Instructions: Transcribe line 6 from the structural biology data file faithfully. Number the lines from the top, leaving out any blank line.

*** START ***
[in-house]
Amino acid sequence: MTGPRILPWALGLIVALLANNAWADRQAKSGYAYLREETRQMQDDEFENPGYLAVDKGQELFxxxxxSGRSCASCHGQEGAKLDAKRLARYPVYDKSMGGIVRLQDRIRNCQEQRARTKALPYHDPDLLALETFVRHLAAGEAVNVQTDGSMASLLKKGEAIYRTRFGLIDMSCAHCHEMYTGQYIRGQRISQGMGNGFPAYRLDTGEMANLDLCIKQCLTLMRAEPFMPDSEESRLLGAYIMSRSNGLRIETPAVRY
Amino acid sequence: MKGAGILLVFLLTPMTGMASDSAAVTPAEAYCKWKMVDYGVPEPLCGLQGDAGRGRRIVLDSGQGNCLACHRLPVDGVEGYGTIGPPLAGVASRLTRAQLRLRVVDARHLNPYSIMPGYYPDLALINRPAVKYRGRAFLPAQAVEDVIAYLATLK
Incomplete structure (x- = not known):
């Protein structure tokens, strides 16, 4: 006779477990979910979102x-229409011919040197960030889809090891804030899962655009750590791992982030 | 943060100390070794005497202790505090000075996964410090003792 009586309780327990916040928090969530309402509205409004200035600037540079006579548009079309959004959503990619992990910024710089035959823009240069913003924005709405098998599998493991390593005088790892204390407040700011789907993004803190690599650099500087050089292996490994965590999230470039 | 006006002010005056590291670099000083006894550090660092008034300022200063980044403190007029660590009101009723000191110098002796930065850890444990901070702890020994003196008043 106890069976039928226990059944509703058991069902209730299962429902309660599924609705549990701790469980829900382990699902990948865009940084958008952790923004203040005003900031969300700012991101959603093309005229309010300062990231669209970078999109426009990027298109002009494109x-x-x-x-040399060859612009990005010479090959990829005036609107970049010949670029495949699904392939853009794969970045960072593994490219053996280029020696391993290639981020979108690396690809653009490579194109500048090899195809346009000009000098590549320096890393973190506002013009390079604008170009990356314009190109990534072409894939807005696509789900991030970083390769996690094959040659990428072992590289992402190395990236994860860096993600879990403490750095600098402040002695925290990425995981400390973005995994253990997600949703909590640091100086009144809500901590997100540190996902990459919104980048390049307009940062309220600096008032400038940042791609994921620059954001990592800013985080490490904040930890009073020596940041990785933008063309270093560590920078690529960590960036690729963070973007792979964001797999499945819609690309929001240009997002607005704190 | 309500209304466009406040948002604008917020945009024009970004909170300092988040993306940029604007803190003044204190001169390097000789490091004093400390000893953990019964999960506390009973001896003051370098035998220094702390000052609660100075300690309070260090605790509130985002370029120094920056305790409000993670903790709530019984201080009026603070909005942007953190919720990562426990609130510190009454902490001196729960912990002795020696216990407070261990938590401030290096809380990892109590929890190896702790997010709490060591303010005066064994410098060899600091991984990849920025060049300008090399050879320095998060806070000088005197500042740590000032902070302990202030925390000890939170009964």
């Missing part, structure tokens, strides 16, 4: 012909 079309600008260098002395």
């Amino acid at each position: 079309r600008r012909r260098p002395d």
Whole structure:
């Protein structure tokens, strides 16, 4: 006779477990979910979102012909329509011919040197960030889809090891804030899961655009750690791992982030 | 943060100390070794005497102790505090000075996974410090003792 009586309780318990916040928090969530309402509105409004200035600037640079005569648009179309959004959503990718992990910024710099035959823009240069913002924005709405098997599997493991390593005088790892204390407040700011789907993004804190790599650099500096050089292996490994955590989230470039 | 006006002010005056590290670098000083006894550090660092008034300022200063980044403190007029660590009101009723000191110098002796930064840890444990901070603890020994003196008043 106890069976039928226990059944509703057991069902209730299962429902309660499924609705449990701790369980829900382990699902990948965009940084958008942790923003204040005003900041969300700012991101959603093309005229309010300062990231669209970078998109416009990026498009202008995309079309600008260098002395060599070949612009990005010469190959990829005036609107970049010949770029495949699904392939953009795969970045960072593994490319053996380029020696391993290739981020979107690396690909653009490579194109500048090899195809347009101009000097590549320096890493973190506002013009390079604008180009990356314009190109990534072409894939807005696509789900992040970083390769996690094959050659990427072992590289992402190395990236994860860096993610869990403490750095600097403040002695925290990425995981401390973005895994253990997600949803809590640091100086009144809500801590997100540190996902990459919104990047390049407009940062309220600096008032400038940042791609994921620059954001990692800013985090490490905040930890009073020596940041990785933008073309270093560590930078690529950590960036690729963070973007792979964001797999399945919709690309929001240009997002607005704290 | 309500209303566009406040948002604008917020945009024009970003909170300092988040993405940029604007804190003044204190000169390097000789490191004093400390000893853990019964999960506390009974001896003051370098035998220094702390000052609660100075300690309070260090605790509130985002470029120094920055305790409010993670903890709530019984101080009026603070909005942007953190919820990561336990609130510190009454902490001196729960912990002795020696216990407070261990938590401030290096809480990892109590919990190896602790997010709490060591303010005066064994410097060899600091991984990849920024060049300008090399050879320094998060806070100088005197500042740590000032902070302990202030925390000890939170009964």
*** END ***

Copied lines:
């Missing part, structure tokens, strides 16, 4: 012909 079309600008260098002395």